An RV is not the ideal place to be when a natural disaster like a flood hits you. In fact, flash floods can upturn the RV and become fatal within a few minutes! However, these tips will ensure your safety when a flash flood approaches you.
Merl reports about safety tips to counter floods, 10 ft away from flood
See more from Merl’s World.
Kristin shares priceless tips on being safe during floods in the RV
- If you’re driving an RV and come across a flooded road, head the opposite way. Fewer than 2 ft of water can sweep off a car or stall it out.
- During and after a flood, your water supply may become contaminated. Be sure to check for boil the white water for safety before consuming and cooking with it.
- Do not attempt to cross any water on the road higher than your ankles. As little as 6 inches of water flows rapidly and can knock an adult down, not to mention it could be contaminated or even contain hazardous sharp objects too, and even poisonous snakes!
See more from Kristin on Snowmads.
Lisa Singh talks about fundamental safety measures for campers, during floods
- Is an area flood-prone?Before setting up a campsite, pay attention to flash flood warning signs but don’t count on those signs to always be there. When setting up a campsite, look for evidence of past floods, such as large logs littering a creek or riverbed and high-water marks on river banks and trees. Signs of past flooding in a canyon include water stains on canyon walls and debris hanging from bushes and low branches.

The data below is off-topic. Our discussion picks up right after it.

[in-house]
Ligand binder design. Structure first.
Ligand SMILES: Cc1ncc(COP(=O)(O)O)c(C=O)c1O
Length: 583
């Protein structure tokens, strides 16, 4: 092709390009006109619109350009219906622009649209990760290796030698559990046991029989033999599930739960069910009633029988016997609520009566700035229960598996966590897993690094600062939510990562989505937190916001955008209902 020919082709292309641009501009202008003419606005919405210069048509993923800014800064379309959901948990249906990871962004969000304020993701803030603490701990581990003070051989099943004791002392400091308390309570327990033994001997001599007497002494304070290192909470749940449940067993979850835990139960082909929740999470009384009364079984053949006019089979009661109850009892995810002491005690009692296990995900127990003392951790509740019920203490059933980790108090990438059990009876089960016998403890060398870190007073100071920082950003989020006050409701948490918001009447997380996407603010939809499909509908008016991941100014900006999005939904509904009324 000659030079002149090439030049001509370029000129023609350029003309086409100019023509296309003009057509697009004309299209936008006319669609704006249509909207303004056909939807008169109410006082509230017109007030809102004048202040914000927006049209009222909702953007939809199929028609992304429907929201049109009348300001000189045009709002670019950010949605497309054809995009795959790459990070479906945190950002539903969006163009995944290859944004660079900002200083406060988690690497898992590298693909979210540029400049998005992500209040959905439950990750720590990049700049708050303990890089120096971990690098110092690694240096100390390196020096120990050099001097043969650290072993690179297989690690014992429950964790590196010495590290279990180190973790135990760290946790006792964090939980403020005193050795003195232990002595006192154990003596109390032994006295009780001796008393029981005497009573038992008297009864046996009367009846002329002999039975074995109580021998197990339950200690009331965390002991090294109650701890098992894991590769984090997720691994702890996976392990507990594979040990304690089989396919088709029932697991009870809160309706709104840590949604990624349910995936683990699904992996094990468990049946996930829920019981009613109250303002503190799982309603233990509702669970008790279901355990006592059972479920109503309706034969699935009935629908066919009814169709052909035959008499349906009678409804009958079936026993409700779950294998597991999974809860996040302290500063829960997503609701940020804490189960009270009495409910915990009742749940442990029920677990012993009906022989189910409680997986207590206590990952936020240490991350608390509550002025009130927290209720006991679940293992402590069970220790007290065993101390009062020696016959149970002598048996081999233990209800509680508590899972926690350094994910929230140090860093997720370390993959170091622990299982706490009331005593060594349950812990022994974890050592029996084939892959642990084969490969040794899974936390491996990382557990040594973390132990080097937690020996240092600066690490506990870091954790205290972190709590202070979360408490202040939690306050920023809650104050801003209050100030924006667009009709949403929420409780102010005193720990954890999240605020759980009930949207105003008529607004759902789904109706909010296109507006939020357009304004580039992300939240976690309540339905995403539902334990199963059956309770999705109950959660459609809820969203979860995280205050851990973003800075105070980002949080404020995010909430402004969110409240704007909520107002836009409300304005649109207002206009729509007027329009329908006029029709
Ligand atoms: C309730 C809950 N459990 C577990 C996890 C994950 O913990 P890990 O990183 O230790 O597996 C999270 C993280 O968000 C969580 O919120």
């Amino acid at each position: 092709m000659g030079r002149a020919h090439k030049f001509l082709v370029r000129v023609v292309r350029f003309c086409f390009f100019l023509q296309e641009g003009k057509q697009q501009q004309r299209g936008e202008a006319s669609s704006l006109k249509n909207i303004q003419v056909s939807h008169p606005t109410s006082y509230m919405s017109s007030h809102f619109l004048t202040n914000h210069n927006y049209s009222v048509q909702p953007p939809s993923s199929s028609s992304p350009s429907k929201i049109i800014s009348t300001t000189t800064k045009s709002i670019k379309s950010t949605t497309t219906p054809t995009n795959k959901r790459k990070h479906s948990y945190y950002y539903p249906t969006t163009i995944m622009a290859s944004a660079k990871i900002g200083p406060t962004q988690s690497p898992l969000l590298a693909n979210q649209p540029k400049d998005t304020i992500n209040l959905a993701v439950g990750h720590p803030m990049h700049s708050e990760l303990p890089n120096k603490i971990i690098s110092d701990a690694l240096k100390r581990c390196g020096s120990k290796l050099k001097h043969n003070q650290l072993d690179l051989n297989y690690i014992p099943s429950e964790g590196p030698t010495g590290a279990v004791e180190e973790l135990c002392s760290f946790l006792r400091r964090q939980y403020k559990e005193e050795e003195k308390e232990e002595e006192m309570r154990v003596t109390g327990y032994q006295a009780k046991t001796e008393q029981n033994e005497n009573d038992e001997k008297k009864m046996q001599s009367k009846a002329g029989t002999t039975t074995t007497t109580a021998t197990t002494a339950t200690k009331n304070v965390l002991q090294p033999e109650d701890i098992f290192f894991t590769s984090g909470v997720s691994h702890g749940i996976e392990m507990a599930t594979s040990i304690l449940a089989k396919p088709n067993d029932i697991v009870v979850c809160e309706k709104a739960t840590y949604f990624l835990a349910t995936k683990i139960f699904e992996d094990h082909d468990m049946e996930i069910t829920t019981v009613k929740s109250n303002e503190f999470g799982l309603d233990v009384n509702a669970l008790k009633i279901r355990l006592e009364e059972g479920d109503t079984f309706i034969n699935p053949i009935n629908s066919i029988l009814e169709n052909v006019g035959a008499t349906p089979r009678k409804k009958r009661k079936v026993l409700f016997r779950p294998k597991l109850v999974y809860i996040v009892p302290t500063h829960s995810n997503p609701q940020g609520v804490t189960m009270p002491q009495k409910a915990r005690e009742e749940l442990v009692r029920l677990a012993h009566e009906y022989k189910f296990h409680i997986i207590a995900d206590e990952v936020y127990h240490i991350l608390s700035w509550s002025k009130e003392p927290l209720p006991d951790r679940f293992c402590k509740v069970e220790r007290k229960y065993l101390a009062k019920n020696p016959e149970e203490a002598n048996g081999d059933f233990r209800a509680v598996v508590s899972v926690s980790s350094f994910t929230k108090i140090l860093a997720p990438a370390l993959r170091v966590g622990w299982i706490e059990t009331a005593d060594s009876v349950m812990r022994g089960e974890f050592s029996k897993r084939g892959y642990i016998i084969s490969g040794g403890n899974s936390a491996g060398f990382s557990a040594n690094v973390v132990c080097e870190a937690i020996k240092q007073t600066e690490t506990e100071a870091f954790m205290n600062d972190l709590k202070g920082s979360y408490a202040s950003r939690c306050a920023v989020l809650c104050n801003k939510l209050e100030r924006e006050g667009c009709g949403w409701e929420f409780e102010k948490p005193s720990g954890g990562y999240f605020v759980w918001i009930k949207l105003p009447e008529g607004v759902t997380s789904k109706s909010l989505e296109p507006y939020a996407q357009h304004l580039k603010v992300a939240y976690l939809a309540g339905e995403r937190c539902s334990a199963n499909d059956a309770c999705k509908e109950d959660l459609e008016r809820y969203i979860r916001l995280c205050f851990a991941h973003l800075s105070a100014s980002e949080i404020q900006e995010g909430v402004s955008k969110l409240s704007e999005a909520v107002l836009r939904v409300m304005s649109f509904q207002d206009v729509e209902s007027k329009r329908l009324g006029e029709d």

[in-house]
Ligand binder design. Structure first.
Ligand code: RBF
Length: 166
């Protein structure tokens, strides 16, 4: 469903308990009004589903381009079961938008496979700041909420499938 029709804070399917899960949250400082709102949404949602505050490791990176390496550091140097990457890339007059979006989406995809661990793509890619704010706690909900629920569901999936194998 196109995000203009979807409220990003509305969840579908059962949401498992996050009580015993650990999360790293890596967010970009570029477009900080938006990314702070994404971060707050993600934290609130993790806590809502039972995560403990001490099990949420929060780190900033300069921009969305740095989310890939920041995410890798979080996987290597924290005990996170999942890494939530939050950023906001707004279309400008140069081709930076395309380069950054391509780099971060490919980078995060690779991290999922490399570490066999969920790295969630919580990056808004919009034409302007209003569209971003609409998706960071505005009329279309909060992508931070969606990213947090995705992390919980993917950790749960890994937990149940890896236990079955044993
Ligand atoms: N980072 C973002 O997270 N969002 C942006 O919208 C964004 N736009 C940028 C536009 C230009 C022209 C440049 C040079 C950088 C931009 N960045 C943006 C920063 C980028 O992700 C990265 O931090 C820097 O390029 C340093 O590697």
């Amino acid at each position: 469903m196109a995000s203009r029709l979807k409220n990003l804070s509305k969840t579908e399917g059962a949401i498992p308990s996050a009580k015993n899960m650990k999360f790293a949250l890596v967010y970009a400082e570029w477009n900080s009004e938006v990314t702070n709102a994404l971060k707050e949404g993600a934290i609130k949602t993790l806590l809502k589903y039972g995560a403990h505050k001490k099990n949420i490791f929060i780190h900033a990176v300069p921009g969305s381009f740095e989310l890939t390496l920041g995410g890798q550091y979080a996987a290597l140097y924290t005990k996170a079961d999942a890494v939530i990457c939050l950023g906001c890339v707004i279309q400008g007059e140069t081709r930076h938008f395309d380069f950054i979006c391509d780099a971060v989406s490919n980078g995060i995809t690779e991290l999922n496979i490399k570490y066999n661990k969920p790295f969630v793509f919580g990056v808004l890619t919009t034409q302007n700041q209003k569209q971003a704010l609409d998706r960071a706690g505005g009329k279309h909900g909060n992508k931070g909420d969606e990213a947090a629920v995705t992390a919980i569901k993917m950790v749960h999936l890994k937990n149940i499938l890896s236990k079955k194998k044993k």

- Does the weather report call for a flood watch?Check the weather forecast before a hike or a camp outing. If a flood watch is in effect, potential exists for heavy rains to create flash flooding within 6 to 24 hours. Postponing a trip a day or 2 could save a life. When hiking in the West, pay particular attention to weather reports from July to mid-September. That’s when severe thunderstorms are most likely to develop quickly. Finally, if visiting a flood-prone city, “on the ground” weather reports are available from the local convention and visitor’s bureau.
- When should you avoid driving in a flood? If you notice while driving during a storm that the middle line on the road is no longer visible, heed this advice from the National Weather Service. “Turn around, don’t drown.” Just six inches of water is enough to lift a vehicle off the ground. If you are caught in rising water, abandon the vehicle and seek higher ground. If you are trapped, wait until the car partially fills with water. Doors locked from water pressure should open once the water pressure is the same on both sides of the door. Also, press your feet against the windshield, which should then pop off. Finally, never drive around a “Road Closed” sign. It’s closed for a reason.
Read how to be safe during other natural disasters that accompany, floods, such as a lightning storm. If you resort to low-lying areas during a flood,be extremely careful. Furthermore, if the flood is critical, leave your rig and save yourself ASAP!